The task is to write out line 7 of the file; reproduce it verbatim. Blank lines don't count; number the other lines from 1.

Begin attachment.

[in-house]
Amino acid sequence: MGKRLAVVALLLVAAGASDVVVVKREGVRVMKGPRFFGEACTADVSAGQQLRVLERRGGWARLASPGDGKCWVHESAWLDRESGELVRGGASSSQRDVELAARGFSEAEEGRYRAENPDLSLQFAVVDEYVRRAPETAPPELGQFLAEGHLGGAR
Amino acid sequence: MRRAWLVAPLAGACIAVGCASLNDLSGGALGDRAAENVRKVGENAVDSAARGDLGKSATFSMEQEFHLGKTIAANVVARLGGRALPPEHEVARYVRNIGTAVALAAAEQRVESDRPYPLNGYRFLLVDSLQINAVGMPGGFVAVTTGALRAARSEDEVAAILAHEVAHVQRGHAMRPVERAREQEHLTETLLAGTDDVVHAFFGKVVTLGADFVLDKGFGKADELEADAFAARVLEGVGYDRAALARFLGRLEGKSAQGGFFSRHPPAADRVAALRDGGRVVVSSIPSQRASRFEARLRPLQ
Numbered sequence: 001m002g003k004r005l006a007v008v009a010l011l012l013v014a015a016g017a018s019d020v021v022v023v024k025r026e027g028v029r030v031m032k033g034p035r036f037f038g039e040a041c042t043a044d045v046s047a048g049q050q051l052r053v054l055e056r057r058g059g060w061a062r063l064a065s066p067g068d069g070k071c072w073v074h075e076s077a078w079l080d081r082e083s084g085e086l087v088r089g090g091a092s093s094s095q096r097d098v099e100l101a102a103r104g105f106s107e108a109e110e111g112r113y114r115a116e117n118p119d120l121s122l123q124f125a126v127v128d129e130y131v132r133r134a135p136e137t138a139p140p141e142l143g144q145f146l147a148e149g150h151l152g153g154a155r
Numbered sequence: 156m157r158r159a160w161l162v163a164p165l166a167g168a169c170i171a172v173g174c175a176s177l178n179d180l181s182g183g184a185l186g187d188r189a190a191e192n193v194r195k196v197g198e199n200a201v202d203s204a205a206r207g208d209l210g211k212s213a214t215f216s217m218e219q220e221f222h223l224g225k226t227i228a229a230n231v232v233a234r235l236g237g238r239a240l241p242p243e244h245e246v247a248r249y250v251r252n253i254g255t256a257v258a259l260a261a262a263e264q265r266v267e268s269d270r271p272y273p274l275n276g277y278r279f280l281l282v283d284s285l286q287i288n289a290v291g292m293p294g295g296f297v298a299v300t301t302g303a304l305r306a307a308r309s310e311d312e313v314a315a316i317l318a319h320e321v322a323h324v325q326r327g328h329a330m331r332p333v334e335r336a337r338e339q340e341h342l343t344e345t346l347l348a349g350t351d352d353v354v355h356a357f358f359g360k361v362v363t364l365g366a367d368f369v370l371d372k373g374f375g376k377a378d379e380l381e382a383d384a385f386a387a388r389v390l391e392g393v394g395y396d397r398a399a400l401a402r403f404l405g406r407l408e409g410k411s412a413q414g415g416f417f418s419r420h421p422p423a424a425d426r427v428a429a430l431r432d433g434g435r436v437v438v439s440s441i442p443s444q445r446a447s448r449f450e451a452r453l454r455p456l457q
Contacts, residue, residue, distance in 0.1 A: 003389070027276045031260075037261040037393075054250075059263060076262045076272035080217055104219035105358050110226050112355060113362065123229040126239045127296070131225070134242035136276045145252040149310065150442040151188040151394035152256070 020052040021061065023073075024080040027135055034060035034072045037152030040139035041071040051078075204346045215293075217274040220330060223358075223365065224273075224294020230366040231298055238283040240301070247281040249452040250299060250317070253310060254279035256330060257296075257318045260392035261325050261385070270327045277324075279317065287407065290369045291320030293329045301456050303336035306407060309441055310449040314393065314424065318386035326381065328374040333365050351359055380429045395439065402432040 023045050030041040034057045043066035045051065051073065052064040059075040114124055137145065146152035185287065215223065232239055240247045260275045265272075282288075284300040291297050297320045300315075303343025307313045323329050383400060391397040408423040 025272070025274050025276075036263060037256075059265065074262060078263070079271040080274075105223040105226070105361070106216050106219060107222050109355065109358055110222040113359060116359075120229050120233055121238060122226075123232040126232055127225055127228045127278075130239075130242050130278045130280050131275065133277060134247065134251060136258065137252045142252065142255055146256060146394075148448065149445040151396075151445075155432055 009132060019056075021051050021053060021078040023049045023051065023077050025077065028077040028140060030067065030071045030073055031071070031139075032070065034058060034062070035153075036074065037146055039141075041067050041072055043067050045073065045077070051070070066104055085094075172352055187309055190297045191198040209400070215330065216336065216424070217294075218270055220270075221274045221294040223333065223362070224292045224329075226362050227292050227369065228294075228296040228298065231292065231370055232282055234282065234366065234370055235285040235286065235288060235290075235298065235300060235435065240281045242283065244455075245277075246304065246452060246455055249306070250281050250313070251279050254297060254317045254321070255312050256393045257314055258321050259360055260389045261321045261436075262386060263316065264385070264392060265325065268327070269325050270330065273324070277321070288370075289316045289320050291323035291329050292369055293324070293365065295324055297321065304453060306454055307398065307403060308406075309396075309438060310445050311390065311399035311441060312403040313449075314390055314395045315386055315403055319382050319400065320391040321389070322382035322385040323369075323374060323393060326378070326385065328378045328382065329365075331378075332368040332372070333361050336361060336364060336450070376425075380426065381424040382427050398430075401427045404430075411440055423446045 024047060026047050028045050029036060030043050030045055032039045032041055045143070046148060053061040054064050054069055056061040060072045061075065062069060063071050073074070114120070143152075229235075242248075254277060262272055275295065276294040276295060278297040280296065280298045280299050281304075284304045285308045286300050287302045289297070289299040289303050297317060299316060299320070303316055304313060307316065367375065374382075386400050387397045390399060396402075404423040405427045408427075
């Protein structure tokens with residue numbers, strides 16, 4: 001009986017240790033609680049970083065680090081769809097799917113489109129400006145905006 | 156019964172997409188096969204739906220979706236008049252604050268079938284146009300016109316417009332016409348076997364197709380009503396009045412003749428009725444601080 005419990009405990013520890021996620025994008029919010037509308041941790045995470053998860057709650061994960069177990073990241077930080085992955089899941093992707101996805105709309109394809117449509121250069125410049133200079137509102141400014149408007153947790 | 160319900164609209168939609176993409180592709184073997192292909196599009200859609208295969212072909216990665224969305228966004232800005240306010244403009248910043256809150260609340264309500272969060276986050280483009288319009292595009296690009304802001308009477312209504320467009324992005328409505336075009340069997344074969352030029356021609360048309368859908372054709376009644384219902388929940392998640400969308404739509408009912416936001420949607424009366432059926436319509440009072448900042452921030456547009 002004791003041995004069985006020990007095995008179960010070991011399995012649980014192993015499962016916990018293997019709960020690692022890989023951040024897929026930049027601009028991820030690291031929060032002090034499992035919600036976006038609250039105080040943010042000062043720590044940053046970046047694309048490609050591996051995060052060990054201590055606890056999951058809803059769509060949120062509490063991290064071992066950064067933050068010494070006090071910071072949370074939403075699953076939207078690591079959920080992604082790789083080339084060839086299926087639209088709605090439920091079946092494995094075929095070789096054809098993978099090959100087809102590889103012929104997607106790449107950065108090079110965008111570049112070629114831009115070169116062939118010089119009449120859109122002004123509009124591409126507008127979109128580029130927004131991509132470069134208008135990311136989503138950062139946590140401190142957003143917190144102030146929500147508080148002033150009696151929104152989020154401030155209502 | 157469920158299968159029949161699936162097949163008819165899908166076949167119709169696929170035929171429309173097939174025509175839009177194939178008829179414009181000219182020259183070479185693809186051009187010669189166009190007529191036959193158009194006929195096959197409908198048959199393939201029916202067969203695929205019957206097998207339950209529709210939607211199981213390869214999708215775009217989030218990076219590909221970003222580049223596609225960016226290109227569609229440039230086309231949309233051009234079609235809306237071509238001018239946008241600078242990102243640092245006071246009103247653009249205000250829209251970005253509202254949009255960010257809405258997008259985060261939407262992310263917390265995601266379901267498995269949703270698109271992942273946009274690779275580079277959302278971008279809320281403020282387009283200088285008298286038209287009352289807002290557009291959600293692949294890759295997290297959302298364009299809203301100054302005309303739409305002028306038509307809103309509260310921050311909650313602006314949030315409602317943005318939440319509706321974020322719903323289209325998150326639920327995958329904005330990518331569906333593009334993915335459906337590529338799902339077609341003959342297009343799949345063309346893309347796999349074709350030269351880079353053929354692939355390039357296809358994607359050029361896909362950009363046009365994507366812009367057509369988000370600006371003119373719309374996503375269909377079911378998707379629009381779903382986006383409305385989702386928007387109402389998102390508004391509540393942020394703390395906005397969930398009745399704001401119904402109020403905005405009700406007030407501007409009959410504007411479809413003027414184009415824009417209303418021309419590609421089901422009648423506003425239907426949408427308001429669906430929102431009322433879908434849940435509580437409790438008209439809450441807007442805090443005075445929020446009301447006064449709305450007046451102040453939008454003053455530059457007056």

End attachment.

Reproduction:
């Protein structure tokens with residue numbers, strides 16, 4: 001009986017240790033609680049970083065680090081769809097799917113489109129400006145905006 | 156019964172997409188096969204739906220979706236008049252604050268079938284146009300016109316417009332016409348076997364197709380009503396009045412003749428009725444601080 005419990009405990013520890021996620025994008029919010037509308041941790045995470053998860057709650061994960069177990073990241077930080085992955089899941093992707101996805105709309109394809117449509121250069125410049133200079137509102141400014149408007153947790 | 160319900164609209168939609176993409180592709184073997192292909196599009200859609208295969212072909216990665224969305228966004232800005240306010244403009248910043256809150260609340264309500272969060276986050280483009288319009292595009296690009304802001308009477312209504320467009324992005328409505336075009340069997344074969352030029356021609360048309368859908372054709376009644384219902388929940392998640400969308404739509408009912416936001420949607424009366432059926436319509440009072448900042452921030456547009 002004791003041995004069985006020990007095995008179960010070991011399995012649980014192993015499962016916990018293997019709960020690692022890989023951040024897929026930049027601009028991820030690291031929060032002090034499992035919600036976006038609250039105080040943010042000062043720590044940053046970046047694309048490609050591996051995060052060990054201590055606890056999951058809803059769509060949120062509490063991290064071992066950064067933050068010494070006090071910071072949370074939403075699953076939207078690591079959920080992604082790789083080339084060839086299926087639209088709605090439920091079946092494995094075929095070789096054809098993978099090959100087809102590889103012929104997607106790449107950065108090079110965008111570049112070629114831009115070169116062939118010089119009449120859109122002004123509009124591409126507008127979109128580029130927004131991509132470069134208008135990311136989503138950062139946590140401190142957003143917190144102030146929500147508080148002033150009696151929104152989020154401030155209502 | 157469920158299968159029949161699936162097949163008819165899908166076949167119709169696929170035929171429309173097939174025509175839009177194939178008829179414009181000219182020259183070479185693809186051009187010669189166009190007529191036959193158009194006929195096959197409908198048959199393939201029916202067969203695929205019957206097998207339950209529709210939607211199981213390869214999708215775009217989030218990076219590909221970003222580049223596609225960016226290109227569609229440039230086309231949309233051009234079609235809306237071509238001018239946008241600078242990102243640092245006071246009103247653009249205000250829209251970005253509202254949009255960010257809405258997008259985060261939407262992310263917390265995601266379901267498995269949703270698109271992942273946009274690779275580079277959302278971008279809320281403020282387009283200088285008298286038209287009352289807002290557009291959600293692949294890759295997290297959302298364009299809203301100054302005309303739409305002028306038509307809103309509260310921050311909650313602006314949030315409602317943005318939440319509706321974020322719903323289209325998150326639920327995958329904005330990518331569906333593009334993915335459906337590529338799902339077609341003959342297009343799949345063309346893309347796999349074709350030269351880079353053929354692939355390039357296809358994607359050029361896909362950009363046009365994507366812009367057509369988000370600006371003119373719309374996503375269909377079911378998707379629009381779903382986006383409305385989702386928007387109402389998102390508004391509540393942020394703390395906005397969930398009745399704001401119904402109020403905005405009700406007030407501007409009959410504007411479809413003027414184009415824009417209303418021309419590609421089901422009648423506003425239907426949408427308001429669906430929102431009322433879908434849940435509580437409790438008209439809450441807007442805090443005075445929020446009301447006064449709305450007046451102040453939008454003053455530059457007056």